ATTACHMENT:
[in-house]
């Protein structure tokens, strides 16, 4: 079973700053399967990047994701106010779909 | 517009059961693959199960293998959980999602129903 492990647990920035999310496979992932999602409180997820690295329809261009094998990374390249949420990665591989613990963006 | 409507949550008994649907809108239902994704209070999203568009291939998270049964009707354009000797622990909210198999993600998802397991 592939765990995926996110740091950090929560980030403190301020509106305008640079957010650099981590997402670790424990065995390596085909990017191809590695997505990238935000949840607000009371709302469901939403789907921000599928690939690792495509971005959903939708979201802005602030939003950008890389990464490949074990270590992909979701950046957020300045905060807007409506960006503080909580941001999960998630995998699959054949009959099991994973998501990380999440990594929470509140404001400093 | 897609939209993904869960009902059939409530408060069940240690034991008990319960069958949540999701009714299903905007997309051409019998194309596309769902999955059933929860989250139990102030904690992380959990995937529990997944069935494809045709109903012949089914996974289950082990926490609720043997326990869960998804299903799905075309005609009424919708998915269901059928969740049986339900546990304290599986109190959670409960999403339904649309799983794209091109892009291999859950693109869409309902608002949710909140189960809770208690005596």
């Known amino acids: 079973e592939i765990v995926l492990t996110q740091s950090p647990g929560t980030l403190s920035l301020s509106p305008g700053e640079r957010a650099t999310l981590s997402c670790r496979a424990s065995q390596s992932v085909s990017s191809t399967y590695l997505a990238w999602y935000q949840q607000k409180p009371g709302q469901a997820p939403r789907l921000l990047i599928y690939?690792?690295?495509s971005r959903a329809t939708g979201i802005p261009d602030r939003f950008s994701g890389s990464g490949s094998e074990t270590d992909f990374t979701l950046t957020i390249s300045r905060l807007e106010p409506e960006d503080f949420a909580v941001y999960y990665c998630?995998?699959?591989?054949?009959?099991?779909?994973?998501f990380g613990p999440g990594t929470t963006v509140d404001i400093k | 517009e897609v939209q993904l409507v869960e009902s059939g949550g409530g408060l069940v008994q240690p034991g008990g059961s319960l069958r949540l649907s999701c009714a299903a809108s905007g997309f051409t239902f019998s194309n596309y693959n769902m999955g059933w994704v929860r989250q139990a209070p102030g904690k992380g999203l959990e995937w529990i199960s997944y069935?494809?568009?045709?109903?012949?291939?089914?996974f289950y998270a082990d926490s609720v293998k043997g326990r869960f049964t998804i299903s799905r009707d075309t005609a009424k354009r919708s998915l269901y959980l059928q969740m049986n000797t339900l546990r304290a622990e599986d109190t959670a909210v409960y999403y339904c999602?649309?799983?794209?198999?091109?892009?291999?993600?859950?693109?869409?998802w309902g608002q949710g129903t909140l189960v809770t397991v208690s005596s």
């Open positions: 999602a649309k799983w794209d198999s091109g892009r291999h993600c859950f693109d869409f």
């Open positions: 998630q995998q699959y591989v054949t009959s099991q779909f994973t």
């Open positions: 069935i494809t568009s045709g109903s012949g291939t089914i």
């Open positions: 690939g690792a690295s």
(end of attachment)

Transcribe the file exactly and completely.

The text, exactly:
[in-house]
């Protein structure tokens, strides 16, 4: 079973700053399967990047994701106010779909 | 517009059961693959199960293998959980999602129903 492990647990920035999310496979992932999602409180997820690295329809261009094998990374390249949420990665591989613990963006 | 409507949550008994649907809108239902994704209070999203568009291939998270049964009707354009000797622990909210198999993600998802397991 592939765990995926996110740091950090929560980030403190301020509106305008640079957010650099981590997402670790424990065995390596085909990017191809590695997505990238935000949840607000009371709302469901939403789907921000599928690939690792495509971005959903939708979201802005602030939003950008890389990464490949074990270590992909979701950046957020300045905060807007409506960006503080909580941001999960998630995998699959054949009959099991994973998501990380999440990594929470509140404001400093 | 897609939209993904869960009902059939409530408060069940240690034991008990319960069958949540999701009714299903905007997309051409019998194309596309769902999955059933929860989250139990102030904690992380959990995937529990997944069935494809045709109903012949089914996974289950082990926490609720043997326990869960998804299903799905075309005609009424919708998915269901059928969740049986339900546990304290599986109190959670409960999403339904649309799983794209091109892009291999859950693109869409309902608002949710909140189960809770208690005596």
């Known amino acids: 079973e592939i765990v995926l492990t996110q740091s950090p647990g929560t980030l403190s920035l301020s509106p305008g700053e640079r957010a650099t999310l981590s997402c670790r496979a424990s065995q390596s992932v085909s990017s191809t399967y590695l997505a990238w999602y935000q949840q607000k409180p009371g709302q469901a997820p939403r789907l921000l990047i599928y690939?690792?690295?495509s971005r959903a329809t939708g979201i802005p261009d602030r939003f950008s994701g890389s990464g490949s094998e074990t270590d992909f990374t979701l950046t957020i390249s300045r905060l807007e106010p409506e960006d503080f949420a909580v941001y999960y990665c998630?995998?699959?591989?054949?009959?099991?779909?994973?998501f990380g613990p999440g990594t929470t963006v509140d404001i400093k | 517009e897609v939209q993904l409507v869960e009902s059939g949550g409530g408060l069940v008994q240690p034991g008990g059961s319960l069958r949540l649907s999701c009714a299903a809108s905007g997309f051409t239902f019998s194309n596309y693959n769902m999955g059933w994704v929860r989250q139990a209070p102030g904690k992380g999203l959990e995937w529990i199960s997944y069935?494809?568009?045709?109903?012949?291939?089914?996974f289950y998270a082990d926490s609720v293998k043997g326990r869960f049964t998804i299903s799905r009707d075309t005609a009424k354009r919708s998915l269901y959980l059928q969740m049986n000797t339900l546990r304290a622990e599986d109190t959670a909210v409960y999403y339904c999602?649309?799983?794209?198999?091109?892009?291999?993600?859950?693109?869409?998802w309902g608002q949710g129903t909140l189960v809770t397991v208690s005596s």
């Open positions: 999602a649309k799983w794209d198999s091109g892009r291999h993600c859950f693109d869409f």
């Open positions: 998630q995998q699959y591989v054949t009959s099991q779909f994973t």
């Open positions: 069935i494809t568009s045709g109903s012949g291939t089914i």
């Open positions: 690939g690792a690295s």